1 Like

Thanks for your suggestions. I will try them soon and report my results



No corruption happening

debug_bytes!(explosion) and debug_bytes!(*explosion)


debug_bytes!(explosion) before and after are obviously not the same
so, it's the 2nd case

@Yandros, I changed the entry point ABI to extern "C", but, the addresses still don't match, even if I change the argument to take just u64:

[ INFO]:  src/ 0x0000000006538018
Fuse ignition begun.
Boot loader data ptr: 0x6537918

EDIT: Just as an experiment, I decided to call the entry point manually using inline assembly, like so:

unsafe {
    asm!("call {}", in(reg) entry, in("rdi") explosion);


[ INFO]:  src/ 0x0000000006538018
Fuse ignition begun.
Boot loader data ptr: 0x6538018
Fuse initialization complete.

Huh, it works.
Does this mean I've found a compiler bug?
I'm suspecting that rustc might be ignoring the function's calling convention and using the entry point convention. Since UEFI uses the efiapi ABI, that would only make sense.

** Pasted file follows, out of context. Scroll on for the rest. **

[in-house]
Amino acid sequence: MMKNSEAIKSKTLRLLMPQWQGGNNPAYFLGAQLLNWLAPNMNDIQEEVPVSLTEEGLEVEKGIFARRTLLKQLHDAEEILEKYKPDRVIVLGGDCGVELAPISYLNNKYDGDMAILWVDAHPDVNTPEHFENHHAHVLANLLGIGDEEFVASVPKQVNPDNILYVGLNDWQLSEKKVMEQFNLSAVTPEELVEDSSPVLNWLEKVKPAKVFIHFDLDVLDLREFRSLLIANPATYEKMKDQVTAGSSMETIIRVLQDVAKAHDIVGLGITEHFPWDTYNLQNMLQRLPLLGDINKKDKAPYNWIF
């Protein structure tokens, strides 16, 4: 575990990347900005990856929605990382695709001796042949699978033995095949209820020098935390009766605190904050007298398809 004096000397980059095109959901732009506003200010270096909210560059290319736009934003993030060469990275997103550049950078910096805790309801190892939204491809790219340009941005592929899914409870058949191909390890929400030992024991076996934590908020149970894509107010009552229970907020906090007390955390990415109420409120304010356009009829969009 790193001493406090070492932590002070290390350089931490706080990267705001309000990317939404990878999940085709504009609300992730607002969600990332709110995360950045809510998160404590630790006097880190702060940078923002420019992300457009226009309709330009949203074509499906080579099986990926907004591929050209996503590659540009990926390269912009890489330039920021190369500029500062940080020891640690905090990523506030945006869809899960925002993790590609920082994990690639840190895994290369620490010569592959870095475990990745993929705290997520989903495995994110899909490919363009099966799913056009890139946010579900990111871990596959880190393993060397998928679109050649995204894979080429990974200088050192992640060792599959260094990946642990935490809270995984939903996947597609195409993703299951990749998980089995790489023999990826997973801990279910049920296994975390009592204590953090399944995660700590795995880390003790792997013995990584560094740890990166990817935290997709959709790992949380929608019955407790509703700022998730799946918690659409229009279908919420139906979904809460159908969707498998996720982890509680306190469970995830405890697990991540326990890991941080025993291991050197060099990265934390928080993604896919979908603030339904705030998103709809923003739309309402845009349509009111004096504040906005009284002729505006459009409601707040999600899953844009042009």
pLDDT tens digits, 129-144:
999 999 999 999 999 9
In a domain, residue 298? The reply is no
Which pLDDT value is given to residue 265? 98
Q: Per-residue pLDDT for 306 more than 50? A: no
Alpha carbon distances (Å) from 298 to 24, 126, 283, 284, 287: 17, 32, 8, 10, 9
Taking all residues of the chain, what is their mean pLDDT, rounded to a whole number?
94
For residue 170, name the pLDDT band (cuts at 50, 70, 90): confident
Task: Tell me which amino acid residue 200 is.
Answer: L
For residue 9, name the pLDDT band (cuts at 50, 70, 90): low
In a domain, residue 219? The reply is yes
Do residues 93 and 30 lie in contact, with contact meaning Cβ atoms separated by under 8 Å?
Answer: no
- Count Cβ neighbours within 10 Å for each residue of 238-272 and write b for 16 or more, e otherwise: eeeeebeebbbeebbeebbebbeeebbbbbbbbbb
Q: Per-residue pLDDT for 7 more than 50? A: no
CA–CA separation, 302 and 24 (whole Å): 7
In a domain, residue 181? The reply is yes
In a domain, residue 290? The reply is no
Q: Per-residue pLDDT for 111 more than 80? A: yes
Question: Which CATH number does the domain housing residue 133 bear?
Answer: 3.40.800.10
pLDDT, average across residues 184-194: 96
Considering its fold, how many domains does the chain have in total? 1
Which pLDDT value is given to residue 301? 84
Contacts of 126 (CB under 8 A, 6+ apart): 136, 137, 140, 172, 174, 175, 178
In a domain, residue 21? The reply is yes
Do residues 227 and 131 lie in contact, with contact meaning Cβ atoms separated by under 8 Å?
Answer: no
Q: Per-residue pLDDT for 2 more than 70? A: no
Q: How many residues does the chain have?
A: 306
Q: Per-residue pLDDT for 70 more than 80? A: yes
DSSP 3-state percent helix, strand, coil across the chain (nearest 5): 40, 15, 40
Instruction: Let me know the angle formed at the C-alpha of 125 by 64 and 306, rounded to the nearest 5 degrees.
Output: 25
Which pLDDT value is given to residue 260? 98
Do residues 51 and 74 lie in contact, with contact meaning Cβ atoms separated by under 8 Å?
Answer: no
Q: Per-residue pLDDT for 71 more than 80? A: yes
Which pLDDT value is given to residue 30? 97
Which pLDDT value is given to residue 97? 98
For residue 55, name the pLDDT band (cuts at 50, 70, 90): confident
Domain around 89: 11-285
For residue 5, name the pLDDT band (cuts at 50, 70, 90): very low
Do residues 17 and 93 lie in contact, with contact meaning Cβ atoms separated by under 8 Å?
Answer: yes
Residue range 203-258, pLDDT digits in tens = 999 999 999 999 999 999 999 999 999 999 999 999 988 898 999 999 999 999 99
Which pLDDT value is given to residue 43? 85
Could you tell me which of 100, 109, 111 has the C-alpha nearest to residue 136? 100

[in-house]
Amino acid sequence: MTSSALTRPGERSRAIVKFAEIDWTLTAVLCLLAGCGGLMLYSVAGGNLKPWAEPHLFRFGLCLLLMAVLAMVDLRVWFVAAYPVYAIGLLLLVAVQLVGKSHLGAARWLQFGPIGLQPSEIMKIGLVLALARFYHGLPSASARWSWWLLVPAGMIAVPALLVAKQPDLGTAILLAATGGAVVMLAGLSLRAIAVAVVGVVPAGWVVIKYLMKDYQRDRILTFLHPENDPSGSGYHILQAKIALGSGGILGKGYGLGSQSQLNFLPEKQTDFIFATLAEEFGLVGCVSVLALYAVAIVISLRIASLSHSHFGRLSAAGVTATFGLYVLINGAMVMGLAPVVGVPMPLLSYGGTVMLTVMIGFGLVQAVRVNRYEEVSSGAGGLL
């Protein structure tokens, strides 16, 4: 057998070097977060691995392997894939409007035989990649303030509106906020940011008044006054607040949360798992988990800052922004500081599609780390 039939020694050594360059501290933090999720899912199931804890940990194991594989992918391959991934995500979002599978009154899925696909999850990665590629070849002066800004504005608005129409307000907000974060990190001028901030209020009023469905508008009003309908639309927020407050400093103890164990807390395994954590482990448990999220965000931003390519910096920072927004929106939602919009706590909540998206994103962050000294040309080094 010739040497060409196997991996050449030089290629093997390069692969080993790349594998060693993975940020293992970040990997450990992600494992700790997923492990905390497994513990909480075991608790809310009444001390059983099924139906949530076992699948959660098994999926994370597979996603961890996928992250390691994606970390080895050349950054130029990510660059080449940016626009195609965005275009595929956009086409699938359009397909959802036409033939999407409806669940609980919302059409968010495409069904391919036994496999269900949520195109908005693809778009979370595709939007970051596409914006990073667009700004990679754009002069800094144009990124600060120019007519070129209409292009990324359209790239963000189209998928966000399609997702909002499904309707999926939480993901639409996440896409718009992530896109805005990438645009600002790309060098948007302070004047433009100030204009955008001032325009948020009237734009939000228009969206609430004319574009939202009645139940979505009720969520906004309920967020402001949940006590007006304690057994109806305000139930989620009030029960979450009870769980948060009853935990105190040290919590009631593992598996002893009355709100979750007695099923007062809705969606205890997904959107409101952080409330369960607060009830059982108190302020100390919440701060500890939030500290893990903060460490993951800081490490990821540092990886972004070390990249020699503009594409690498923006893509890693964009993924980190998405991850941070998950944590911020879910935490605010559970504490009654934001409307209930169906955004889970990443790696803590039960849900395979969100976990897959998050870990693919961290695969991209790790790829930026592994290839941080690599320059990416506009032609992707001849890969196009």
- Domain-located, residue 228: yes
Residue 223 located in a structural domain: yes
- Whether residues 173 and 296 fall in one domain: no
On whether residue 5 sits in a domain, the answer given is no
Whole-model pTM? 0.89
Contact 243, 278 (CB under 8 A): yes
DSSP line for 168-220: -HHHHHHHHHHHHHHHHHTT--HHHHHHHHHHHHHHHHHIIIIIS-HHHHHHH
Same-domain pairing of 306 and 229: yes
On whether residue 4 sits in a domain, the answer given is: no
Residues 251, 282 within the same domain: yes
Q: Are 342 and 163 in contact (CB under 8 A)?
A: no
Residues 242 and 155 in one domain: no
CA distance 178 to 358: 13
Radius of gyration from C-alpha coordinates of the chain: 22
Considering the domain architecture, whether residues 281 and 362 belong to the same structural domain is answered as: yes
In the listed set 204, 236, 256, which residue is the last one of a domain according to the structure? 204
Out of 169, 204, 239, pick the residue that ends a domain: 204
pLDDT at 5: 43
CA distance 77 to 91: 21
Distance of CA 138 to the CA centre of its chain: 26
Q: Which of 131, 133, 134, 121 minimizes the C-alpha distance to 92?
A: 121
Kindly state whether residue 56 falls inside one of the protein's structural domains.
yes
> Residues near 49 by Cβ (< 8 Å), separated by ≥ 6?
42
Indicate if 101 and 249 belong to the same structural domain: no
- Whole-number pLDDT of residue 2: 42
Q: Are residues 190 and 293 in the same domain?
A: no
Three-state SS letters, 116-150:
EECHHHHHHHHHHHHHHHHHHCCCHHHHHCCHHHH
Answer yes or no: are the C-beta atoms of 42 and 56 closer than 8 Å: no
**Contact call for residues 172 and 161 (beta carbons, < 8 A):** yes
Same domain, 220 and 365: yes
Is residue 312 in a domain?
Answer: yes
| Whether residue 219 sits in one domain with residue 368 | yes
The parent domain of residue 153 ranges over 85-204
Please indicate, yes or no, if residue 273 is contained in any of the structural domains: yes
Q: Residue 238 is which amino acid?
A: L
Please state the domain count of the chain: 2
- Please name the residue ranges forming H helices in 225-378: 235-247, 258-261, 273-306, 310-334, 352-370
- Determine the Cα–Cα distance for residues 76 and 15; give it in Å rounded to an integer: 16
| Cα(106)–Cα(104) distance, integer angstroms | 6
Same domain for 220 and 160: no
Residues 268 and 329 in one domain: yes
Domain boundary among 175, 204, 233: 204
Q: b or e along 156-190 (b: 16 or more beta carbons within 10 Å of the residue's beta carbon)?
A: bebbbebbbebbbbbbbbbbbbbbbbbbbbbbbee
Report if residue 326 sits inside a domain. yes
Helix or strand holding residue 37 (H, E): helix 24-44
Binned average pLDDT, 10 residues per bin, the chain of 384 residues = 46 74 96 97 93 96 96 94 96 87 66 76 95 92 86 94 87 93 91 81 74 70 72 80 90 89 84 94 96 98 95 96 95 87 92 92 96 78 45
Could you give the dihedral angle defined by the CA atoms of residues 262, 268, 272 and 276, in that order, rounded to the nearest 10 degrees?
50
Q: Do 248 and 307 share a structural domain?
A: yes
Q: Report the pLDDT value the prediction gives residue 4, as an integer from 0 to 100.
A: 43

EDIT 2: Bingo! I've just found a compiler bug!

[ INFO]:  src/ 0x0000000006538018
Fuse ignition begun.
Boot loader data ptr: 0x6538018
Fuse initialization complete.

Above output is with extern "efiapi"
Final edit: I made an issue in the rust GitHub repo: Rust ignores extern ABI used for called function if is different than the caller's · Issue #88749 · rust-lang/rust (

1 Like

In your transmute you explicitly told rustc to cast the entrypoint to a function with the default extern "Rust" calling convention, but if it's actually been defined as an extern "C" or extern "efiapi" function and they pass around arguments differently that would explain the "corrupted" arguments you've been seeing.

Here is a list of all calling conventions supported by Rust:


The examples in the post itself are out of date. See the gist instead.
But, both the entry point and the transmute used the same signature and ABI.
So yeah, it's a compilation bug.
EDIT: note: I'm using rust nightly is missing the source for kaboom.

Here is

kaboom source code

pub mod tags;

pub const CURRENT_REVISION: u64 = 0x5;

pub type EntryPoint = fn(&'static ExplosionResult) -> !;